Alameda County District Attorney candidates
Pamela Price, center, Nancy O’Malley, right,
with Robin Torello, chair of the Alameda
County Democratic Party.
At one point during the Alameda County Democratic Central Committee meeting Wednesday in San Leandro, an elected member of the group yelled “bullshit!” in response to one of District Attorney Nancy O’Malley‘s answers. O’Malley’s upstart opponent this June, Pamela Price, later she O’Malley is lying about her record in opposition of a previous statewide initiative to reduce sentencing for some low-level crimes.
But the tense, and often frenetic back-and-forth between O’Malley and Price during the 20-minute forum failed to sway the typically progressive central committee with O’Malley winning the influential endorsement of the county Democratic Party.
There were signs that support Wednesday night for O’Malley’s re-election were to be expected. The response to her introduction was possibly one of the most supportive she has received at any other venue during this primary campaign season. Granted, O’Malley said some of those in attendance not only support her candidacy but also work for her in the district attorney’s office.
Price, who has won the hearts and minds of progressives in the county, apparently sensed the county’s official backing was unlikely. During her opening and closing statements, Price strongly urged the central committee to “level the field” and issue no endorsement in the race. To do so, would have been a striking rebuke to O’Malley, but it did not happen.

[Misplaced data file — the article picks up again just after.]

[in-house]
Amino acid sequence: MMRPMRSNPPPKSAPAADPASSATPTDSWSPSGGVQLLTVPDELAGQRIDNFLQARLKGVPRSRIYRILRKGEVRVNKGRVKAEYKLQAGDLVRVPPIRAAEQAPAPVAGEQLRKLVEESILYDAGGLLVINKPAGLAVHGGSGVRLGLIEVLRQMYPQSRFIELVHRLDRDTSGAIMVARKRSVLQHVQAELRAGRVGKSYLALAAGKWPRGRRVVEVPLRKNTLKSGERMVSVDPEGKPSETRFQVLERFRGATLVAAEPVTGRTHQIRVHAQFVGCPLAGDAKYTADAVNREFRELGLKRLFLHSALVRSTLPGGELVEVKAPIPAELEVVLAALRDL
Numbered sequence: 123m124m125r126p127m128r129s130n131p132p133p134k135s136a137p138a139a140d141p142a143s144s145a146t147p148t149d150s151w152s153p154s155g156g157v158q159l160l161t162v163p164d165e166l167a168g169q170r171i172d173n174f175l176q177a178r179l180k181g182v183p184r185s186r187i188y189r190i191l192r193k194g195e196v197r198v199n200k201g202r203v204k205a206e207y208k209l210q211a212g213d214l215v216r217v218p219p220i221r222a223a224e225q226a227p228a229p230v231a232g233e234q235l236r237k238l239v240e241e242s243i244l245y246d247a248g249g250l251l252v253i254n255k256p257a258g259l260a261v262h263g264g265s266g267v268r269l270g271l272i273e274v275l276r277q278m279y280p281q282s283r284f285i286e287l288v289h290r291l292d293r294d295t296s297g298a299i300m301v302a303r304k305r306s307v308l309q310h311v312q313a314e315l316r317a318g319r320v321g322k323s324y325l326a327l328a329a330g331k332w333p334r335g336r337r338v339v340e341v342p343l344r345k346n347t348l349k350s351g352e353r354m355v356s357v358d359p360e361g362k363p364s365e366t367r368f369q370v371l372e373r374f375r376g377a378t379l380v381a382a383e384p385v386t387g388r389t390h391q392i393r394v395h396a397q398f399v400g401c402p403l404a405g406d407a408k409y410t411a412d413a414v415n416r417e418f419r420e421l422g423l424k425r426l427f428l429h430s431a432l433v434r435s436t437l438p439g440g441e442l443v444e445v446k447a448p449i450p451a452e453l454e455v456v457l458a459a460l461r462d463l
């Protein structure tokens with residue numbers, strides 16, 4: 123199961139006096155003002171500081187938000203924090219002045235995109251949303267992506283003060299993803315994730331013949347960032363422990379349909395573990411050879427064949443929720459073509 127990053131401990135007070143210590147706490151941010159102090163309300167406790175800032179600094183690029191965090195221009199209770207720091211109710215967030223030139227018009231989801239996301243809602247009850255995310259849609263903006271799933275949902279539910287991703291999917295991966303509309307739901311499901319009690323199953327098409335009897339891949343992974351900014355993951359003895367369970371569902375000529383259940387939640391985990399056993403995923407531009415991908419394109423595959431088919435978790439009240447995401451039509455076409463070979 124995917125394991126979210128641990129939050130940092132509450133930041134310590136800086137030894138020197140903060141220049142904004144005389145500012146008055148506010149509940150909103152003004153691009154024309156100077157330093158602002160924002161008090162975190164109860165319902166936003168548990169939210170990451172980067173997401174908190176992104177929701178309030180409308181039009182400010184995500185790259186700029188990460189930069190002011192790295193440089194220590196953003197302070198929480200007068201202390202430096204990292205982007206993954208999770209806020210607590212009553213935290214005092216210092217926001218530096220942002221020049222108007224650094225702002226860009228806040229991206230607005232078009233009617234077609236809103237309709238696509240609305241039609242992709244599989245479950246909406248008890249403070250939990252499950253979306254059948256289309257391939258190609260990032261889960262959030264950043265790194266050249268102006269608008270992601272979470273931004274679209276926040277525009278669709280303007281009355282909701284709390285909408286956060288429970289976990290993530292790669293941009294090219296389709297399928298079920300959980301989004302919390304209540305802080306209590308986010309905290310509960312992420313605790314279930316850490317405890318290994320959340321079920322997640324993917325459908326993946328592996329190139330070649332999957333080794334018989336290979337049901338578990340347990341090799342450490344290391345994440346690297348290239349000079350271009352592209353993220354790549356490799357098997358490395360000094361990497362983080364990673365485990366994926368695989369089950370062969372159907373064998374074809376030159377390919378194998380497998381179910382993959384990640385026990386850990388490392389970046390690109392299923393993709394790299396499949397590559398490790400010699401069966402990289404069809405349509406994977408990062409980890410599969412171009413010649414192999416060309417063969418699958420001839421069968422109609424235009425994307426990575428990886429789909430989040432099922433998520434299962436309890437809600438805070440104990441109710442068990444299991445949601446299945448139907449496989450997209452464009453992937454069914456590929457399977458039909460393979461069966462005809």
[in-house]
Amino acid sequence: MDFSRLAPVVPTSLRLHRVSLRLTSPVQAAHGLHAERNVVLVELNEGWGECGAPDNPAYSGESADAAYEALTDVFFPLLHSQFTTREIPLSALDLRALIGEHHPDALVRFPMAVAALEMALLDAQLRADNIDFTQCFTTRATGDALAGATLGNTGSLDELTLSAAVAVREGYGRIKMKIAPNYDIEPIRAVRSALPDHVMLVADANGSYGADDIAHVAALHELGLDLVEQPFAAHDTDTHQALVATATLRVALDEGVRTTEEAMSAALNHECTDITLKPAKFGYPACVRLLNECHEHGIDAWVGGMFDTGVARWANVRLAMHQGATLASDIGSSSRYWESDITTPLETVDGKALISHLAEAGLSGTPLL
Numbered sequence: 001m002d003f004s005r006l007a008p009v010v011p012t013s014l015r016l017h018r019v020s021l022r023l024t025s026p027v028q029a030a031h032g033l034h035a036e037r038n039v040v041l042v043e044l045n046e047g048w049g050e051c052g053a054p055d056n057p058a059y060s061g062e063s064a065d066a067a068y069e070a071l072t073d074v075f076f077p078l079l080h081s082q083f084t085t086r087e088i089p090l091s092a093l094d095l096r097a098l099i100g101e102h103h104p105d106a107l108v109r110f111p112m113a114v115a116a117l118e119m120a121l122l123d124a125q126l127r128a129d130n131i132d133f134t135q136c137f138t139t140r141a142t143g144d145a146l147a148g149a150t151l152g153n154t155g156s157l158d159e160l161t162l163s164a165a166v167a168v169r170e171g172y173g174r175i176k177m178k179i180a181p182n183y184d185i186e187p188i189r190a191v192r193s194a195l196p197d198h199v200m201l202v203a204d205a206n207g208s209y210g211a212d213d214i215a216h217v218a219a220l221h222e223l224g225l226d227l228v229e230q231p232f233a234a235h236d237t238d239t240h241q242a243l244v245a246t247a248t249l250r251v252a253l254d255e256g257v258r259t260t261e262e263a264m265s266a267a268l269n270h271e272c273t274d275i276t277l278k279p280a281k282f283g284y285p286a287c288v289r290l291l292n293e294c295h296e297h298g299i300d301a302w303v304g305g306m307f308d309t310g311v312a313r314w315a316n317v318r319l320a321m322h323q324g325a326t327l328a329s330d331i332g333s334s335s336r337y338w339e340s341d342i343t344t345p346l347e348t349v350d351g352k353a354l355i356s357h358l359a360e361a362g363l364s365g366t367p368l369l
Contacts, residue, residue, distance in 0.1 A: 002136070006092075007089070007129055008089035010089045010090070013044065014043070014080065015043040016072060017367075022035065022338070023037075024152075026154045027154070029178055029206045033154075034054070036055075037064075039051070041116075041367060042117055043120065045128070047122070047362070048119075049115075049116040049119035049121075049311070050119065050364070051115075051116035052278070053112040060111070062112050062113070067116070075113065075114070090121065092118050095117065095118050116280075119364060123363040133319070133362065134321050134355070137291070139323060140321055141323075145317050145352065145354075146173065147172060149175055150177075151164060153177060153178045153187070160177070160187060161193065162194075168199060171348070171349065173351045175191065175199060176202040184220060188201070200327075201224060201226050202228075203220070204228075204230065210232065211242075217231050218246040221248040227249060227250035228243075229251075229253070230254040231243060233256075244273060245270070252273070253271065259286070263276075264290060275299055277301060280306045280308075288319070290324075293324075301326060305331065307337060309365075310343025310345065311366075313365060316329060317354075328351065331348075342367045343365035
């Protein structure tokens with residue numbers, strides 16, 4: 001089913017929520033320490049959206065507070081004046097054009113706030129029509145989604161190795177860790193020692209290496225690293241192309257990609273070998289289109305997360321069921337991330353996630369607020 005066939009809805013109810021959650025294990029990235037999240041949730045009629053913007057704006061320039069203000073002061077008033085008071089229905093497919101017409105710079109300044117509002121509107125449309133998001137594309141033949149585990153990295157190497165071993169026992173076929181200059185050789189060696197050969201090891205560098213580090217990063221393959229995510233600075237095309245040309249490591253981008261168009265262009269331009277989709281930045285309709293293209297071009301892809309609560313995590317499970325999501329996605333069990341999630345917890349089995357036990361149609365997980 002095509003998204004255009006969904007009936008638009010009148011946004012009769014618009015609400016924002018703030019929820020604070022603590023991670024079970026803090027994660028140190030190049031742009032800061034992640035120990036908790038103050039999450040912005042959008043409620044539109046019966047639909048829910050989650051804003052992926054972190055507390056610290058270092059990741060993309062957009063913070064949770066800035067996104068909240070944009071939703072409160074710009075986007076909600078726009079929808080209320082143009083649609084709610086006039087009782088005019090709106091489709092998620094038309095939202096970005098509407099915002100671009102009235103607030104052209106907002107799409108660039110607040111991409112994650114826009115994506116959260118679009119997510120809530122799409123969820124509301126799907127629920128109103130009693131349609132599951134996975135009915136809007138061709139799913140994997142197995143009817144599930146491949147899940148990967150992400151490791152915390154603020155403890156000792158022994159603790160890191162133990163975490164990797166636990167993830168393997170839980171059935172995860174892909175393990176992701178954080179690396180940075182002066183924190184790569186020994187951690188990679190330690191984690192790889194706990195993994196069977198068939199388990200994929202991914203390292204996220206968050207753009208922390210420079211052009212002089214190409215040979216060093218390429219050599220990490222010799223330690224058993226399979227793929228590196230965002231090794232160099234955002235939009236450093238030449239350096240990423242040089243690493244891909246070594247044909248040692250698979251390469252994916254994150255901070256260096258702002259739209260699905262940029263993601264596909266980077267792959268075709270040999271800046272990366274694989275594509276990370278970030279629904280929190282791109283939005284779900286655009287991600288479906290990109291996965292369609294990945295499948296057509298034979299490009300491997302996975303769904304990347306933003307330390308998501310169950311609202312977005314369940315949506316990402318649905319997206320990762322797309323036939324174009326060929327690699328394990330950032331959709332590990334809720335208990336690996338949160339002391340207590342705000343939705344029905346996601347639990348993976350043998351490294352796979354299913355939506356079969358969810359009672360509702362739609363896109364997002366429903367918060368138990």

The final vote tally was not released, but under the central committee’s rules, a candidate must win 60 percent of the vote to gain the endorsement. There will be no runoff in this two-candidate June primary when a simple majority of the vote is needed for victory.
Alameda County Democrats also voted to endorse Phong La for the open Alameda County Assessor seat, but offered no endorsement in the similarly open Alameda County Auditor’s race between Melissa Wilk and Irella Blackwood.
In the suddenly contentious race for the only contested Alameda County Superior Court judicial seat, the county Democrats chose incumbent Judge Tara Flanagan over the challenger, retired public defender Karen Katz. Judicial races in Alameda County are almost always highly sedate affairs. Partly, due to the fact the State Bar encourages candidates to avoid attacks on their opponents, both professionally and personal. Katz, however, slammed Flanagan for her record of poor courtroom treatment towards the accused, attorney’s and prospective jurors.
In addition, all five of the ballot measures appearing in various jurisdictions across Alameda County also received support. They include the Alameda County childcare and early education tax, Oakland’s library parcel tax and the Bay Area Regional Measure 3 that seeks to increase bridge tolls by $3 by 2025.
➤Alameda County Supervisor – District 2 Richard Valle; District 3 Wilma Chan
➤Alameda County Treasurer/Tax Collector – Henry Levy
➤Alameda County Superintendent of Schools – Karen Monroe
➤Alameda County Board of Education Trustee – District 1 Joaquin Rivera; District 4 Aisha Knowles
➤Zone 7 Water District Director – Dennis Gambs, Olivia Sanwong
➤Union Sanitary District Director – Ward 3 Jennifer Toy